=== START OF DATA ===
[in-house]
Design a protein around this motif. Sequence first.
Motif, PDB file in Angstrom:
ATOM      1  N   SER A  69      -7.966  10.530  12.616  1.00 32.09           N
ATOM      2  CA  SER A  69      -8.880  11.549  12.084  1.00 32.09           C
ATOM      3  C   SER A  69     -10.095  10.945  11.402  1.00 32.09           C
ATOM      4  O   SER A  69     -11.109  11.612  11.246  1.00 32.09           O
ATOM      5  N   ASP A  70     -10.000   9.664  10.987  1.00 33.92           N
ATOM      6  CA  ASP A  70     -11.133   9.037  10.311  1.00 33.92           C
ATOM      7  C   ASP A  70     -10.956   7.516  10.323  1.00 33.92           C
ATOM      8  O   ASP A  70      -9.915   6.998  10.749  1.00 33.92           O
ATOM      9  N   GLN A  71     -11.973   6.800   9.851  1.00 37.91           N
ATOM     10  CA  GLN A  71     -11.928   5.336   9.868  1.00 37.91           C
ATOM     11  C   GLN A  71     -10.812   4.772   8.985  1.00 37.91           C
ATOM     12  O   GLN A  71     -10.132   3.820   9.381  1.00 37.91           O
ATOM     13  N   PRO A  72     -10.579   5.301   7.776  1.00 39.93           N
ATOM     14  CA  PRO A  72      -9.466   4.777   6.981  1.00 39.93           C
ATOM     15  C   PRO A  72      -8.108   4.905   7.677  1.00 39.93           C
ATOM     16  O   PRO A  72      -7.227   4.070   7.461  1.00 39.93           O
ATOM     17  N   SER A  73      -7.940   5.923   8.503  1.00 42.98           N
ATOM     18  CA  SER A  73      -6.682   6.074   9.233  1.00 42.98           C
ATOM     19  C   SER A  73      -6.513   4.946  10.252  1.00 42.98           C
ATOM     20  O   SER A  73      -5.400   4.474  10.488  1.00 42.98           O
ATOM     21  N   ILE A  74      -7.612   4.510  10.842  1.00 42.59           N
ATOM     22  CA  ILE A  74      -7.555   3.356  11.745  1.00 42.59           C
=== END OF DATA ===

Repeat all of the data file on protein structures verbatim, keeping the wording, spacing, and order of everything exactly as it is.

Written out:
[in-house]
Design a protein around this motif. Sequence first.
Motif, PDB file in Angstrom:
ATOM      1  N   SER A  69      -7.966  10.530  12.616  1.00 32.09           N
ATOM      2  CA  SER A  69      -8.880  11.549  12.084  1.00 32.09           C
ATOM      3  C   SER A  69     -10.095  10.945  11.402  1.00 32.09           C
ATOM      4  O   SER A  69     -11.109  11.612  11.246  1.00 32.09           O
ATOM      5  N   ASP A  70     -10.000   9.664  10.987  1.00 33.92           N
ATOM      6  CA  ASP A  70     -11.133   9.037  10.311  1.00 33.92           C
ATOM      7  C   ASP A  70     -10.956   7.516  10.323  1.00 33.92           C
ATOM      8  O   ASP A  70      -9.915   6.998  10.749  1.00 33.92           O
ATOM      9  N   GLN A  71     -11.973   6.800   9.851  1.00 37.91           N
ATOM     10  CA  GLN A  71     -11.928   5.336   9.868  1.00 37.91           C
ATOM     11  C   GLN A  71     -10.812   4.772   8.985  1.00 37.91           C
ATOM     12  O   GLN A  71     -10.132   3.820   9.381  1.00 37.91           O
ATOM     13  N   PRO A  72     -10.579   5.301   7.776  1.00 39.93           N
ATOM     14  CA  PRO A  72      -9.466   4.777   6.981  1.00 39.93           C
ATOM     15  C   PRO A  72      -8.108   4.905   7.677  1.00 39.93           C
ATOM     16  O   PRO A  72      -7.227   4.070   7.461  1.00 39.93           O
ATOM     17  N   SER A  73      -7.940   5.923   8.503  1.00 42.98           N
ATOM     18  CA  SER A  73      -6.682   6.074   9.233  1.00 42.98           C
ATOM     19  C   SER A  73      -6.513   4.946  10.252  1.00 42.98           C
ATOM     20  O   SER A  73      -5.400   4.474  10.488  1.00 42.98           O
ATOM     21  N   ILE A  74      -7.612   4.510  10.842  1.00 42.59           N
ATOM     22  CA  ILE A  74      -7.555   3.356  11.745  1.00 42.59           C